Climate Smart Agriculture Sourcebook

Sustainable soil/land management for Climate-Smart Agriculture

Production and Resources

Creating an enabling context and removing barriers for adoption of sustainable soil and land management

Fostering the uptake of sustainable soil and land management is a complex process. It involves not only providing technical options suitable for different conditions, but also managing barriers to adoption and establishing supporting policies and institutions to ensure successful scaling up of successful practices. It also requires investments in identifying and promoting appropriate production systems that can simultaneously reverse or minimize degradation, conserve above- and below-ground biodiversity, sequester carbon, reduce greenhouse gas emissions and ensure sustained productivity.

To promote the principles and guidelines on sustainable soil and land management and support their transition into sound policies and activities at all levels, the 39th Session of the FAO Conference adopted the revised World Soil Charter as a normative measure. The principles contained in the revised Status of the World’s Soil Resources were elaborated on in the Voluntary Guidelines for Sustainable Soil Management under the Global Soil Partnership (FAO and ITPS, 2015a and 2015b; FAO, 2016a). The Voluntary Guidelines for Sustainable Soil Management, which take into account evidence provided in the Status of the World’s Soil Resources report, recognize that sustaining soil biodiversity and ecosystem services provides many benefits to people and the environment, including strengthening climate change adaptation and mitigation. The Guidelines highlight the importance of soils as a non-renewable natural resource and the importance of sustainable soil management as an integral part of sustainable land management. They provide a reference document for generally accepted, practically proven and scientifically based principles to promote sustainable soil management; and offer guidance to all stakeholders on how to translate the principles into practice. They also include the core characteristics of sustainably managed soils, key challenges and potential solutions to address them. 

The technical guidelines address in particular the main soil threats that hamper sustainable soil management. They highlight the need to minimize soil erosion; enhance soil organic matter content; foster soil nutrient balance and cycles; prevent, minimize and mitigate soil salinization and alkalinization, soil contamination, soil acidification and soil compaction; preserve and enhance soil biodiversity; minimize soil sealing; and improve soil water management to prevent waterlogging.

The impacts of climate change are complex and will affect natural resources and ecosystems in different ways in different places. It is important that communities understand the implications of these potential impacts in their own areas and can adapt to them. There is a need to enhance farmers’ knowledge and innovations and develop the capacity of local agricultural producers and other land users to manage their soil systems in ways that build resilience and allow them to continually innovate and adapt to changing climatic conditions and changes in production systems. This will involve building on practical farming skills through observation, personal experiences and knowledge sharing. Examples of potential climate-smart practices include breeding locally adapted seeds and livestock, using organic fertilizers, such as compost, manure, and green manures, and managing soil moisture.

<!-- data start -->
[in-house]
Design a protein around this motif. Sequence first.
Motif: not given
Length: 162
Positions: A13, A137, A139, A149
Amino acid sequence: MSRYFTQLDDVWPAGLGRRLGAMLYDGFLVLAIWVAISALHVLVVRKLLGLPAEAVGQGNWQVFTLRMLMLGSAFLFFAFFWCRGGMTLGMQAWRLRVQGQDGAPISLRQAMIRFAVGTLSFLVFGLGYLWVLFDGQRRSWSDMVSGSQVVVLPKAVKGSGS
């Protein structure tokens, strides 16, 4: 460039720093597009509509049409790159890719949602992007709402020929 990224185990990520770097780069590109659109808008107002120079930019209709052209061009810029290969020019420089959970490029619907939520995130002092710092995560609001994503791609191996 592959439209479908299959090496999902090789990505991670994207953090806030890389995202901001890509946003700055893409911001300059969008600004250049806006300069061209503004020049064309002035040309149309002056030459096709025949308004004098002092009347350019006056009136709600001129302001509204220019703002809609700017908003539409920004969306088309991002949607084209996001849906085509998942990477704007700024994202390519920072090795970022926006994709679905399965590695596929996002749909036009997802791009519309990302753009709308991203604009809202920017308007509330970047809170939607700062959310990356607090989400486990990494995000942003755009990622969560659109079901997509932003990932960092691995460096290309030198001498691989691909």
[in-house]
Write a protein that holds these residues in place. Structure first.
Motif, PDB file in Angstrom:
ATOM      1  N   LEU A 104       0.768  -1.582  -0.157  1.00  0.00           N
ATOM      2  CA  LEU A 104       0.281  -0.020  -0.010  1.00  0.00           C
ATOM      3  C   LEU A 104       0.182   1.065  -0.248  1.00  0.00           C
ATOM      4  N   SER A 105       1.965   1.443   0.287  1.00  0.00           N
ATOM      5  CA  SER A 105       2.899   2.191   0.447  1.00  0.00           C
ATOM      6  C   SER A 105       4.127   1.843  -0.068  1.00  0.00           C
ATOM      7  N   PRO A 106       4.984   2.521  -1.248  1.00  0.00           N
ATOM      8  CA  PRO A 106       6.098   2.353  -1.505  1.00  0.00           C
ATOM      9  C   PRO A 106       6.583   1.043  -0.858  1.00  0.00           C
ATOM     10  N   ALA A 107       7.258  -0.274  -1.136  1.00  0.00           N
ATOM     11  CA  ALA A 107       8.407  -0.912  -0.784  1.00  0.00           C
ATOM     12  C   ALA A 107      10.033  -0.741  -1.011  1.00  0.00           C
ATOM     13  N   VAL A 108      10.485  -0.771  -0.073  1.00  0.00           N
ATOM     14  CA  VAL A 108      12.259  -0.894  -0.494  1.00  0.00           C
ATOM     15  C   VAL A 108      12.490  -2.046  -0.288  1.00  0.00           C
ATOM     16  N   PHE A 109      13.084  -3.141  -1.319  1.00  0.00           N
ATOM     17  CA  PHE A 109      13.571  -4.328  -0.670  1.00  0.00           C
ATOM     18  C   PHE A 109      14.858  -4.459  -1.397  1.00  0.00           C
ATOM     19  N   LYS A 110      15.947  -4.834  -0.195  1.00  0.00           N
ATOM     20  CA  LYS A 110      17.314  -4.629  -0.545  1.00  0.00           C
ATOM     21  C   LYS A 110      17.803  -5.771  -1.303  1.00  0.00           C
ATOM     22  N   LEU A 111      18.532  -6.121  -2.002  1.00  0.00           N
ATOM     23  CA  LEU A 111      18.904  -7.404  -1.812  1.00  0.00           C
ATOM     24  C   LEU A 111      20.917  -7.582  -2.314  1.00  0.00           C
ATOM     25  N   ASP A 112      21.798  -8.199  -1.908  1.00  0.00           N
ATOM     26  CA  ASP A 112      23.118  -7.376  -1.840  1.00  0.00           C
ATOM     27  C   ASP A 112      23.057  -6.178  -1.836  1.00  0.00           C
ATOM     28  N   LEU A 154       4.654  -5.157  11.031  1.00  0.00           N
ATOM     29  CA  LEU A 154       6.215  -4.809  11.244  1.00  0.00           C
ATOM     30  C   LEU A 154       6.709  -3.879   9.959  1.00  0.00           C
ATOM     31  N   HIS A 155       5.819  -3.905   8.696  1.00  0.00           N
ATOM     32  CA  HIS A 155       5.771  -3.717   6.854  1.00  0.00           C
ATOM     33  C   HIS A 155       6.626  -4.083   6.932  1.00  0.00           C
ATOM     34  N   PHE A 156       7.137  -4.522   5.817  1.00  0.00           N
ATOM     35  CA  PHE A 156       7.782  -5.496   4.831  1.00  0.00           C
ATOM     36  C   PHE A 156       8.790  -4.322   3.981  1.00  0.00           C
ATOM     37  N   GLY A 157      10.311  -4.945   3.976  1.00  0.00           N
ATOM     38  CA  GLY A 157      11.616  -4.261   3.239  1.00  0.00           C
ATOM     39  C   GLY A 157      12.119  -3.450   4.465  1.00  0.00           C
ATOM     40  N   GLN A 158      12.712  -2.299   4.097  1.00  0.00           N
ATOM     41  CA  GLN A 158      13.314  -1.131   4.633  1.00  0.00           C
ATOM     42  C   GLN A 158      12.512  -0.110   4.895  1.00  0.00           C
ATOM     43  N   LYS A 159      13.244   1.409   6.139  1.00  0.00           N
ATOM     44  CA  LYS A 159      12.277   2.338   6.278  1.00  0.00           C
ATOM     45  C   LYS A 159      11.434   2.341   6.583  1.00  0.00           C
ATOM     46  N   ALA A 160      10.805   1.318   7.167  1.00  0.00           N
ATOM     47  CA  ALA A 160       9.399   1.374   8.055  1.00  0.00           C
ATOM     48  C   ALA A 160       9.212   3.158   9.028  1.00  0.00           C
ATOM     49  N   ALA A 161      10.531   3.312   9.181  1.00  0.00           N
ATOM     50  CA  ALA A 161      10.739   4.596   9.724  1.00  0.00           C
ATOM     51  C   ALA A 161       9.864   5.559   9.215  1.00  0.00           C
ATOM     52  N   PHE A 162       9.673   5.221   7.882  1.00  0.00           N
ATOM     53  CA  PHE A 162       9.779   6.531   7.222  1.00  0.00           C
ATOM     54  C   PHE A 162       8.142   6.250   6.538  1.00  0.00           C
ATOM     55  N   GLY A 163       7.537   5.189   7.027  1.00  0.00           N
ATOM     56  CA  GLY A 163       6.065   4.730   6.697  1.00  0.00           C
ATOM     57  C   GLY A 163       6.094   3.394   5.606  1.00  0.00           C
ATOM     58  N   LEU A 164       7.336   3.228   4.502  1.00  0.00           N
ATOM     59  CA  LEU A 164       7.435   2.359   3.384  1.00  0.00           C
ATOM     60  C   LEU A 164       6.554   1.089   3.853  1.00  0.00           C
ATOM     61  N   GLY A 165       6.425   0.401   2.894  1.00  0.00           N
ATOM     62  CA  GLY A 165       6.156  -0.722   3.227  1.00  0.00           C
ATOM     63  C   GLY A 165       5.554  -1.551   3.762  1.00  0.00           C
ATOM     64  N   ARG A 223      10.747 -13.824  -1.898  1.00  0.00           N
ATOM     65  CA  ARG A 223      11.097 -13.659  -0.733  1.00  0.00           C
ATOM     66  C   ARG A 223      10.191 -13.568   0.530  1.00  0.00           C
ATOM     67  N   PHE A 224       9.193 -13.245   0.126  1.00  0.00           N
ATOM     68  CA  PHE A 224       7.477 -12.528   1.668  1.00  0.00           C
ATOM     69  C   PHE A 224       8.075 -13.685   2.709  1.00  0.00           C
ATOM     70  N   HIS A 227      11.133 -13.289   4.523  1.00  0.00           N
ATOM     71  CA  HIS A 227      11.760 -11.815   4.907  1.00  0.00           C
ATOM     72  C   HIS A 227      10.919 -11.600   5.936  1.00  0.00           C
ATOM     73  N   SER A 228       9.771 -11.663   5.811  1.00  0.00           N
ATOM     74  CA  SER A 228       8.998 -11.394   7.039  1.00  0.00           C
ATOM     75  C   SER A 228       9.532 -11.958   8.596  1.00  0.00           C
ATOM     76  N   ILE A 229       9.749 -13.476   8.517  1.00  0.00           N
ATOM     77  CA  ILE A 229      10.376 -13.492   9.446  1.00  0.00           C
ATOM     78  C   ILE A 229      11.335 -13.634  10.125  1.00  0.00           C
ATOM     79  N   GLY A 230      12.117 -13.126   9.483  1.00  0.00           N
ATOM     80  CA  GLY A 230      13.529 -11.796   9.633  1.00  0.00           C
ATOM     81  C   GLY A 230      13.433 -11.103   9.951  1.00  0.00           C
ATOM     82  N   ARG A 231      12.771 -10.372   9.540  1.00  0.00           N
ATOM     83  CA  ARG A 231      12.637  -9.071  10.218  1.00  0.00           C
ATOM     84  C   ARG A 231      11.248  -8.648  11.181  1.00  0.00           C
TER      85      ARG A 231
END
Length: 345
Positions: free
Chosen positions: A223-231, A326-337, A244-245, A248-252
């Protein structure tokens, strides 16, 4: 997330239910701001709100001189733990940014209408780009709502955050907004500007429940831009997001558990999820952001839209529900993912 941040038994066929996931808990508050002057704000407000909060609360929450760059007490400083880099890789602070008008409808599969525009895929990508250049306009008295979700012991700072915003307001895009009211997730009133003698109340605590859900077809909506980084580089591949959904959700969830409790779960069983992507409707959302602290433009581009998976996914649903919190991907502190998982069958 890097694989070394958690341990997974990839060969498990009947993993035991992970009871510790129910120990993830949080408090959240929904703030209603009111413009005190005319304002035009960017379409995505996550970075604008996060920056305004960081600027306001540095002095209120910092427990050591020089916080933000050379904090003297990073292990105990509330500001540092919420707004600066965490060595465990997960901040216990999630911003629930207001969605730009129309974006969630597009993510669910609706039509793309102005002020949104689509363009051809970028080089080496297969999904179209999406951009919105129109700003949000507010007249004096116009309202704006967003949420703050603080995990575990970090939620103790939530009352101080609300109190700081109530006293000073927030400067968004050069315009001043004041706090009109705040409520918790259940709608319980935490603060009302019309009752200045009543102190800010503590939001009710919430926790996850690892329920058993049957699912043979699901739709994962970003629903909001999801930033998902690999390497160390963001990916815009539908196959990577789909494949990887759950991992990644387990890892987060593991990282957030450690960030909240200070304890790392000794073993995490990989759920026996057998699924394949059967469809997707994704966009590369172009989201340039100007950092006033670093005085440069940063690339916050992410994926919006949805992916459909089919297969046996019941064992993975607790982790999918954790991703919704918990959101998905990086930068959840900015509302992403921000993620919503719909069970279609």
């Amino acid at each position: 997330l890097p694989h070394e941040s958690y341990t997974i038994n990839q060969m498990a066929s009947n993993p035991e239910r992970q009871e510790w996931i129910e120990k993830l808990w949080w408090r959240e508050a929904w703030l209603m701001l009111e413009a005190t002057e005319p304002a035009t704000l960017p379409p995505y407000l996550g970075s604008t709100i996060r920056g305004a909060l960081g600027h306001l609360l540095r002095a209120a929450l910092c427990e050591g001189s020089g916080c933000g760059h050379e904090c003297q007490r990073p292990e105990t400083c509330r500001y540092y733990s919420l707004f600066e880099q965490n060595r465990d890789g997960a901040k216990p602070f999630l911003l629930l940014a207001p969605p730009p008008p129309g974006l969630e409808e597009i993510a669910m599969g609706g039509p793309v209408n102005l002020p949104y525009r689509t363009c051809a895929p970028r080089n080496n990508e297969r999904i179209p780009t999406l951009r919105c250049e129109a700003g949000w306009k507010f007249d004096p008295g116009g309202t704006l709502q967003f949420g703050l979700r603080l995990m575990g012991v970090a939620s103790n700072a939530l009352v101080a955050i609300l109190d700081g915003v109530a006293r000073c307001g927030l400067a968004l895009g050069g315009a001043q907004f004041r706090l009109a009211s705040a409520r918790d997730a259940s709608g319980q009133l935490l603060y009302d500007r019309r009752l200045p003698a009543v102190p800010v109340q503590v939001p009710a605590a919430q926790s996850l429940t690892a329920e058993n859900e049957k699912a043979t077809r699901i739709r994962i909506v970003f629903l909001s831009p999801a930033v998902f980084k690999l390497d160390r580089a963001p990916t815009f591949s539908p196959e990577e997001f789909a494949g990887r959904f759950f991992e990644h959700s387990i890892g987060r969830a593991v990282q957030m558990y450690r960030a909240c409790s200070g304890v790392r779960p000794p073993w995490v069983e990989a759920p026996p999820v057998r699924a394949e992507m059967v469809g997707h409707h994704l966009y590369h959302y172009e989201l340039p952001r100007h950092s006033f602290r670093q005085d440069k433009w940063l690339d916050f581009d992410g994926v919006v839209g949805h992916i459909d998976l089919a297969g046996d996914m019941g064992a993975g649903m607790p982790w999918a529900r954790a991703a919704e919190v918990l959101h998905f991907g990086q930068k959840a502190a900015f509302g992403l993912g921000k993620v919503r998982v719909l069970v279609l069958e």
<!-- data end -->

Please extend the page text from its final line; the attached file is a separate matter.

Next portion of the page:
To scale up climate smart sustainable soil and land management practices it is vital to understand and analyse the various barriers that hinder farmers from adopting these practices. The barriers for sustainable soil and land management adoption vary from one area to another, and most importantly, from one agricultural ecosystem to another. 

Some of the common barriers are the lack of sufficient technical information on sustainable soil and land management technologies; the poor quality of agricultural extension, including forecasting systems; an absence of a multidisciplinary, integrated landscape approach to land resource management and land-use planning; inadequate financial resources and access to credit; insufficient technical and management capacities; lack of promotion of crop diversification, including inadequate seed supplies and limited dissemination of information about market conditions; and institutional disconnection at various levels on issues related to land, soil and water management.

Specific barriers for the adoption of sustainable soil and land management in irrigated agroecosystems are the lack of developed input and output market institutions, and the lack of farmer awareness or training in the use of appropriate soil and water management practices. 

In rainfed agricultural ecosystems, farmers are also generally unaware or untrained in the use of appropriate soil conservation practices. Other barriers to adoption include the lack of land resources and land-use planning and monitoring; a lack of mechanisms to implement laws and legislations; and the shortage of labour, working capital and capital assets, such as machinery. 

In rangelands, common barriers to adoption are the absence of policies and mechanisms to regulate land management (e.g. pasture leasing mechanisms or agreements between land users); lack of economic and management capacities, particularly among individual household pastoralists; and the limited public awareness of rangeland degradation issues and approaches. This module as considered the tools and approaches to tackle some of these barriers. Barriers related to institutions and capacity development are addressed in module C1; extension services in module C2; and policies in module C3